Putting “Corporate Scandals” in Perspective

26 December 2006 at 11:58 am 2 comments

| Peter Klein |

Enron, WorldCom, Arthur Andersen, Parmalat. . . . The list goes on and on. Maybe you didn’t hear about this one though:

The largest employer in the world announced on Dec. 15 that it lost about $450 billion in fiscal 2006. Its auditor found that its financial statements were unreliable and that its controls were inadequate for the 10th straight year. On top of that, the entity’s total liabilities and unfunded commitments rose to about $50 trillion, up from $20 trillion in just six years.

If this announcement related to a private company, the news would have been on the front page of major newspapers. Unfortunately, such was not the case — even though the entity is the U.S. government.

This is from a letter by the US Comptroller General appearing in the 24 December Washington Post (via Don Boudreaux). See also James Sheehan’s prescient 2002 article, “Real Accounting Fraud,” about the post-Enron frenzy in Washington, DC. “It is particularly frightening that a group of people skilled mainly at feeble speechifying and crass fund-raising would consider itself qualified to stand in judgment of corporate accounting scandals. All members of Congress are direct participants in the biggest accounting fraud going — the federal government — and have never lifted a finger to bring it under control.”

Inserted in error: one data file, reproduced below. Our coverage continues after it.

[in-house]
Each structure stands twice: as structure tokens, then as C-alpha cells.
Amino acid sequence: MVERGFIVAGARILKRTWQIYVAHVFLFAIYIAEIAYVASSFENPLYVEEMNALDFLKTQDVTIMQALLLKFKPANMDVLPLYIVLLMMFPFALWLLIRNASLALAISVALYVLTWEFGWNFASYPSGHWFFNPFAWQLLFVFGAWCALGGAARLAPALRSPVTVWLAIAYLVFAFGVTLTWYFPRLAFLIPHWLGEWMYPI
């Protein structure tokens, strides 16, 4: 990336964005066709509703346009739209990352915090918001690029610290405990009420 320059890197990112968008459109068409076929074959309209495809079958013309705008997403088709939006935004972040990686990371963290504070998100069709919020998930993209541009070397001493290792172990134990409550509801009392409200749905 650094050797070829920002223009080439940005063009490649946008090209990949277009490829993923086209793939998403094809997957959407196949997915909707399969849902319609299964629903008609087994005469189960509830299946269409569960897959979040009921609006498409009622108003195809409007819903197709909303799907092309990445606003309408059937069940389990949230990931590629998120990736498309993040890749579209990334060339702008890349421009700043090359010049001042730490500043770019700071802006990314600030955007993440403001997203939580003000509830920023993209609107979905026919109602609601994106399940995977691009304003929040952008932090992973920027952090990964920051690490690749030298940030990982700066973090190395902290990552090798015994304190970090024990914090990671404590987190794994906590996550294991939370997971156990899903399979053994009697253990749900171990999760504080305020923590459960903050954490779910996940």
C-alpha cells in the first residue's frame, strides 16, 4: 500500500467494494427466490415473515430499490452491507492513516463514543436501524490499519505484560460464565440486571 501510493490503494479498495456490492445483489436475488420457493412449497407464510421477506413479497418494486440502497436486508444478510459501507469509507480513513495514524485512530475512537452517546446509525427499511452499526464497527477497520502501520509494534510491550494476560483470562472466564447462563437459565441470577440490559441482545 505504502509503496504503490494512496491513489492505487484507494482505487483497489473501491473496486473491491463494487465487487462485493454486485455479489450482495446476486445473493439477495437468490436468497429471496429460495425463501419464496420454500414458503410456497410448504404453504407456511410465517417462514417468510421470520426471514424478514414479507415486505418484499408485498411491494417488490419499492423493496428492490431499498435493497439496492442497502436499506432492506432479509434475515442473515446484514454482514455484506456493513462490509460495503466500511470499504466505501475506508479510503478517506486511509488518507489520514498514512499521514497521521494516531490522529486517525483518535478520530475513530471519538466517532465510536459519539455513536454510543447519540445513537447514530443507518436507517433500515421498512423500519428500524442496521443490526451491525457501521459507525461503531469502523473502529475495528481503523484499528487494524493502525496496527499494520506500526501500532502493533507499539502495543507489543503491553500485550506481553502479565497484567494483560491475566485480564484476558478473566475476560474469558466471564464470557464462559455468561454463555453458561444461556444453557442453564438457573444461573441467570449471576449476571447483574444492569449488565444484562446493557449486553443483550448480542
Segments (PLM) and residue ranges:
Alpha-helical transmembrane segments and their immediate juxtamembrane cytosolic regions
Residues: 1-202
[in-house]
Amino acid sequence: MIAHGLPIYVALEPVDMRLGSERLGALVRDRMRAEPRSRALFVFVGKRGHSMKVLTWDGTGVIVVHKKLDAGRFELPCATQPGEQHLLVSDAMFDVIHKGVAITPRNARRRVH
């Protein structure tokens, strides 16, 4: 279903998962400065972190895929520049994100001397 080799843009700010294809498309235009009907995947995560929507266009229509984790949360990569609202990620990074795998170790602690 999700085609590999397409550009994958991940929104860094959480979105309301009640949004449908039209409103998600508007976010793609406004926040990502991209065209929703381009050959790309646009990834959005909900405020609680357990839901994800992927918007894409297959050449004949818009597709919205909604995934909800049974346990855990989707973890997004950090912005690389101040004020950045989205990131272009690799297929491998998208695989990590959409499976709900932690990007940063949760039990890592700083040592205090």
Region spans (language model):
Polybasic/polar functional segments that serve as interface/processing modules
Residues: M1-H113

Entry filed under: - Klein -, Classical Liberalism, Institutions.

Re: Christmas Reading Jacques Barzun

2 Comments Add your own

  • 1. Gary Peters  |  2 January 2007 at 1:20 pm

    Finally, an entry for us accounting nerds to leave comments. What is interesting about the mentioned letter is that these warnings come from the US Government about the actions of the US Government. The US Comptroller provides a great summary video of the fiscal issues at http://www.gao.gov/newcomers.vid.html

    Depending on the context of the discussion, I suppose one could argue that a distinction needs to be made between actions that reflect “excessively poor stewardship” versus “fraud”. If a CEO spends all the company’s money on personal perks or poor investments but tells the shareholders that he/she is doing so, then it is not clear that we have a case of “Fraud.” The question then is: “why do the shareholders not vote the CEO out of office?” However, then we would be digressing to Peter’s stance on voting.

  • 2. Peter Klein  |  2 January 2007 at 10:14 pm

    Gary, nerds from all disciplines — even accounting — are welcome here. (Definition of econometrician: someone who’s good with numbers but doesn’t have enough personality to be an accountant.)

    Your point is a good one, though one would have to admit, even without my extreme views on voting, that the feedback mechanism here is rather weak.

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